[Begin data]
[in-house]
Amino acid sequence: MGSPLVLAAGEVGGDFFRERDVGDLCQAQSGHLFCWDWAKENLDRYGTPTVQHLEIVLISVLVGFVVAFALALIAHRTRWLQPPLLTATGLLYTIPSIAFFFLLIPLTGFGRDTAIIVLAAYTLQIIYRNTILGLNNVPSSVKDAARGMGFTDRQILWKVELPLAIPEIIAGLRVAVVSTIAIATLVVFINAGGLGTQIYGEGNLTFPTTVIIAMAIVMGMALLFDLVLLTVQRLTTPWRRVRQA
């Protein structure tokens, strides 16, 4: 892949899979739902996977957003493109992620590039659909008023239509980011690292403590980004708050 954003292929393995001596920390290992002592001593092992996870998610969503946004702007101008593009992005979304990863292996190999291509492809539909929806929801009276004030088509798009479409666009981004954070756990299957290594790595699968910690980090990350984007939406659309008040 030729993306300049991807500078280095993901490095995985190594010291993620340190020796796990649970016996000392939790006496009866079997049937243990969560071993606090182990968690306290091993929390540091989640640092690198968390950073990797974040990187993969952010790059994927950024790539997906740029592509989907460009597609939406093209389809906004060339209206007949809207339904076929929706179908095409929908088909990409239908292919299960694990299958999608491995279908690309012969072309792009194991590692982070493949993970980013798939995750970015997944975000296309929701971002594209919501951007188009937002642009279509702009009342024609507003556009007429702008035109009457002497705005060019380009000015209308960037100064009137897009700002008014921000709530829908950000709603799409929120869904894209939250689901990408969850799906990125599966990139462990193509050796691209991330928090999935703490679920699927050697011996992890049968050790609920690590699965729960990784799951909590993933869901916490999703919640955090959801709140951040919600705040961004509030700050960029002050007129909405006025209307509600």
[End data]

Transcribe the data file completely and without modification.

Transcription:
[in-house]
Amino acid sequence: MGSPLVLAAGEVGGDFFRERDVGDLCQAQSGHLFCWDWAKENLDRYGTPTVQHLEIVLISVLVGFVVAFALALIAHRTRWLQPPLLTATGLLYTIPSIAFFFLLIPLTGFGRDTAIIVLAAYTLQIIYRNTILGLNNVPSSVKDAARGMGFTDRQILWKVELPLAIPEIIAGLRVAVVSTIAIATLVVFINAGGLGTQIYGEGNLTFPTTVIIAMAIVMGMALLFDLVLLTVQRLTTPWRRVRQA
């Protein structure tokens, strides 16, 4: 892949899979739902996977957003493109992620590039659909008023239509980011690292403590980004708050 954003292929393995001596920390290992002592001593092992996870998610969503946004702007101008593009992005979304990863292996190999291509492809539909929806929801009276004030088509798009479409666009981004954070756990299957290594790595699968910690980090990350984007939406659309008040 030729993306300049991807500078280095993901490095995985190594010291993620340190020796796990649970016996000392939790006496009866079997049937243990969560071993606090182990968690306290091993929390540091989640640092690198968390950073990797974040990187993969952010790059994927950024790539997906740029592509989907460009597609939406093209389809906004060339209206007949809207339904076929929706179908095409929908088909990409239908292919299960694990299958999608491995279908690309012969072309792009194991590692982070493949993970980013798939995750970015997944975000296309929701971002594209919501951007188009937002642009279509702009009342024609507003556009007429702008035109009457002497705005060019380009000015209308960037100064009137897009700002008014921000709530829908950000709603799409929120869904894209939250689901990408969850799906990125599966990139462990193509050796691209991330928090999935703490679920699927050697011996992890049968050790609920690590699965729960990784799951909590993933869901916490999703919640955090959801709140951040919600705040961004509030700050960029002050007129909405006025209307509600």